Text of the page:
Pulisic shows promise in this area, but he’s less developed than the young Frenchman already was. The prolonged absence of the mercurial Marco Reus is also hard felt. He may be an inside forward, but Reus has instincts that were far more advanced than those that Bosz currently has on offer, including an eye for goal from outside the area and wonderful ability on set pieces, not to mention quality service provided.

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Overall, Dortmund have too many attack-minded players, many of whom are along similar lines in terms of qualities both positive and negative.  Out of all the forwards and midfielders in the first-team, only Weigl and Sebastian Rode can claim to scupper their desire to get forward into the final third, and only Weigl deserves the amount of first-team opportunities he gets. The same holds true for Dortmund’s defensive options. Both Jeremy Toljan and captain Marcel Schmelzer are at their most effective when they get further forward, and the same can be said for Lukasz Piszczek.

And let’s not forget Raphaël Guerreiro, who’s performances at Euro 2016 netted him a move to Dortmund last season. Such were his offensive contributions to the Portuguese that summer, that he’s been shifted further up the pitch away from his natural left-back position, a move that was done by Tuchel last term. The defensive imbalance is to the point where Dan-Axel Zagadou, a center-back by trade during his development at PSG, has been shifted to the left-back role. It was a move that perfectly summed up Dortmund’s campaign thus far; a brilliant beginning that has begun to nose dive, and fast. Simply put, there’s too much of one mentality amongst the first-team, and that’s a direct indictment of it’s headmaster, both current and past.

Over-Rotating The XI

It is impossible to speak against the positives of having a deep first-team.  Campaigns are long and hard, and when you’re a club like Dortmund, who are expected to make a decent run in Europe as well as the DFB Pokal, injuries and fatigue are unavoidable. What isn’t healthy, is the over-utilization of said depth to the point where it adversely effects the squad’s rhythm. Granted, at current, no less than eight first-team players are out injured, but most of those injuries have popped up recently.

Form is temporary, as is tactical understanding and cohesion; both instances of football are incredibly delicate, and must be treated as such.  It was a problem under Tuchel as well.  As professional footballers, playing twice in the same week should not be an impossibility, but rather a guarantee unless you are genuinely fatigued.

For Bosz, it almost appears that he’s a kid in a toy store with the mountain of player options he has at his disposal.  Certainly, at Vitesse he wasn’t blessed with any amount of depth, and relied on the same players for the entire season bar injury. At Ajax it was much of the same. Though he would have been more willing to give young players a chance every now and again, given the nature of the club’s vaunted academy, Bosz had the same policy at Ajax with keeping a consistent XI. But at Dortmund, where options are falling from trees, perhaps he’s fallen pray to promising too many players that they will receive significant time on the pitch.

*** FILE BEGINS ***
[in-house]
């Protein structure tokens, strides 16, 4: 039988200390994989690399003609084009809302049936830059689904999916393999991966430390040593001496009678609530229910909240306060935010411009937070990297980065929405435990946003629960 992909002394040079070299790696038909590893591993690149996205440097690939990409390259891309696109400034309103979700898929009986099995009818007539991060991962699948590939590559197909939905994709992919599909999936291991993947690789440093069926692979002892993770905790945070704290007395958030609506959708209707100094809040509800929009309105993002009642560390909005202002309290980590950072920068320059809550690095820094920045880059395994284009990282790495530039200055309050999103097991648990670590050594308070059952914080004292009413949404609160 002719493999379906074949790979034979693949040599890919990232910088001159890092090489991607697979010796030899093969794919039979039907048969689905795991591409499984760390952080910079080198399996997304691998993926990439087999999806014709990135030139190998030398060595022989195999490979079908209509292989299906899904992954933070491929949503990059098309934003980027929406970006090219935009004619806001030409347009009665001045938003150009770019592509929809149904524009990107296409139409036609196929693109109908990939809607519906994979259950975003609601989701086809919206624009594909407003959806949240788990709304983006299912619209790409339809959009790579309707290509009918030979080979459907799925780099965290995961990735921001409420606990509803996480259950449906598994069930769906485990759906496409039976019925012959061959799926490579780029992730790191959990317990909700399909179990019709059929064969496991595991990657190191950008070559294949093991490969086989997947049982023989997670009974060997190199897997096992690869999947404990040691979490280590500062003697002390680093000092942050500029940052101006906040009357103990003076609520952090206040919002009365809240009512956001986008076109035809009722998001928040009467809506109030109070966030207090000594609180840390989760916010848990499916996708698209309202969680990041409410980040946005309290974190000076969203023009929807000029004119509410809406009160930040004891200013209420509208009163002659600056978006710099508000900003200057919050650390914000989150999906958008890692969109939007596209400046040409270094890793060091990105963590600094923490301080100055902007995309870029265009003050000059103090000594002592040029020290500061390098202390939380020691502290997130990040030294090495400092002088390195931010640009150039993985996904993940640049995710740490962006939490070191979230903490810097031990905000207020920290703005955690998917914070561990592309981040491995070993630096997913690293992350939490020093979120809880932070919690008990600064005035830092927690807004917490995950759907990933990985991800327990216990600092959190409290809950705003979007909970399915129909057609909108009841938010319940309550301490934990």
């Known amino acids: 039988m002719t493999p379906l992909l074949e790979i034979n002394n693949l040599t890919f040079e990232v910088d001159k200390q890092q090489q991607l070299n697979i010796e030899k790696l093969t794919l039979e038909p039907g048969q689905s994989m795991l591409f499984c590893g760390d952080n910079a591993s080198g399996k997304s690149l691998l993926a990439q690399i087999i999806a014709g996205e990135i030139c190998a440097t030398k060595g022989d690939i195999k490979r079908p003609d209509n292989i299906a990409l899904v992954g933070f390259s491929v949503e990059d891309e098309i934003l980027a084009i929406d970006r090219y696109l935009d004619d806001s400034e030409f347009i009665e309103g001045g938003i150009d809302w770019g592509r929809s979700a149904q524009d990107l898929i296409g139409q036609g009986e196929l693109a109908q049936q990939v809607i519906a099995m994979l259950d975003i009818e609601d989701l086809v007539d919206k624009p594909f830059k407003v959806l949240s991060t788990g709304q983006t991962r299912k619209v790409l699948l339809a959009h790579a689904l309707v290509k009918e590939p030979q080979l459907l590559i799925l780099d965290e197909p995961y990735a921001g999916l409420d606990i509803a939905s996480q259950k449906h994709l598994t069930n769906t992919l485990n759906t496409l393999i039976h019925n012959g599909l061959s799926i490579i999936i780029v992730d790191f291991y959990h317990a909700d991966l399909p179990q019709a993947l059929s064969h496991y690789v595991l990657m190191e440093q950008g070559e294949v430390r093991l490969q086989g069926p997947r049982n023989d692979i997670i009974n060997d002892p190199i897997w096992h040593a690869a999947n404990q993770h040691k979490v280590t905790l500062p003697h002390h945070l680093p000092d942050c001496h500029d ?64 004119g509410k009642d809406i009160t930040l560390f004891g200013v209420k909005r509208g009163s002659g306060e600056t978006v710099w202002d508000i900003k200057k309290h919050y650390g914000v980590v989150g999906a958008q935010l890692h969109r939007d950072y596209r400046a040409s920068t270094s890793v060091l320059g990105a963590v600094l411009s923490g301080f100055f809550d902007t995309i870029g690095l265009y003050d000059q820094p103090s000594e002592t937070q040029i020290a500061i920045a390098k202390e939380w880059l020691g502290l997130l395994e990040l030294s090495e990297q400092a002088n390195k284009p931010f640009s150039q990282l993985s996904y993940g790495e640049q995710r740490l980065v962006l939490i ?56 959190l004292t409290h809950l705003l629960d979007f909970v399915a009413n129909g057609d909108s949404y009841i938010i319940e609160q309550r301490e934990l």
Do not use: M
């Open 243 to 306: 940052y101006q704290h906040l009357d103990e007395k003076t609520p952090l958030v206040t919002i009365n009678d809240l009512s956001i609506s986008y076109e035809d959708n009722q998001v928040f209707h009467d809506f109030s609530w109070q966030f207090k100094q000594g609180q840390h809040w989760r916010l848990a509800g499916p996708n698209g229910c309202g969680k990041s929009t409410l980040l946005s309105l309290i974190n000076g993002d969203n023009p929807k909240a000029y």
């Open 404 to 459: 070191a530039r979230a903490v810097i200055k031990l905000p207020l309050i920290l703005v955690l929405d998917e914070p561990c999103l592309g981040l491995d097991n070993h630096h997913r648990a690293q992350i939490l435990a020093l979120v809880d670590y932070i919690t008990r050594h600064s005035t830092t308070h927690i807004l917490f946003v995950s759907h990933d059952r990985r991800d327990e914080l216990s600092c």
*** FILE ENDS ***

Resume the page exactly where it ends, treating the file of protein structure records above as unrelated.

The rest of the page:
When the squad is fully fit, Bosz will have three first-choice left-backs, three first-choice left wingers, three box-to-box midfielders, and two identical former central attacking midfielders, all vying for the same position and match minutes, over rotation is bound to occur. Unfortunately for the Dutch manager, his shortcomings regarding man-management – another similarity to Tuchel – only exasperates the issue of trying to keep everyone happy.  Seemingly, over-rotating the team is the only way to keep everyone happy, at least in his estimation.

Questionable Decisions and Poor Transfer Business

Dortmund wasn’t always a big club, in fact, many will argue that they’re still not bigger than domestic rivals Schalke. What is not up for debate is their massive growth over the past eight seasons, netting six trophies, finishing runner-up on ten occasions (domestically), and making a Champions League final appearance against the club they’re desperately trying to keep up with. No club starts out as a big club, but it’s how they embrace the growth once it’s begun that will define them.

In Dortmund’s case, questions can be raised on how the board have been guiding the ship in recent seasons. Sacking Tuchel wasn’t necessarily a poor decision based off the facts, and the same can be said of Klopp, but one major complaint of many involved with the modern game is that managers have an increasingly shorter lifespan when they’re at bigger clubs.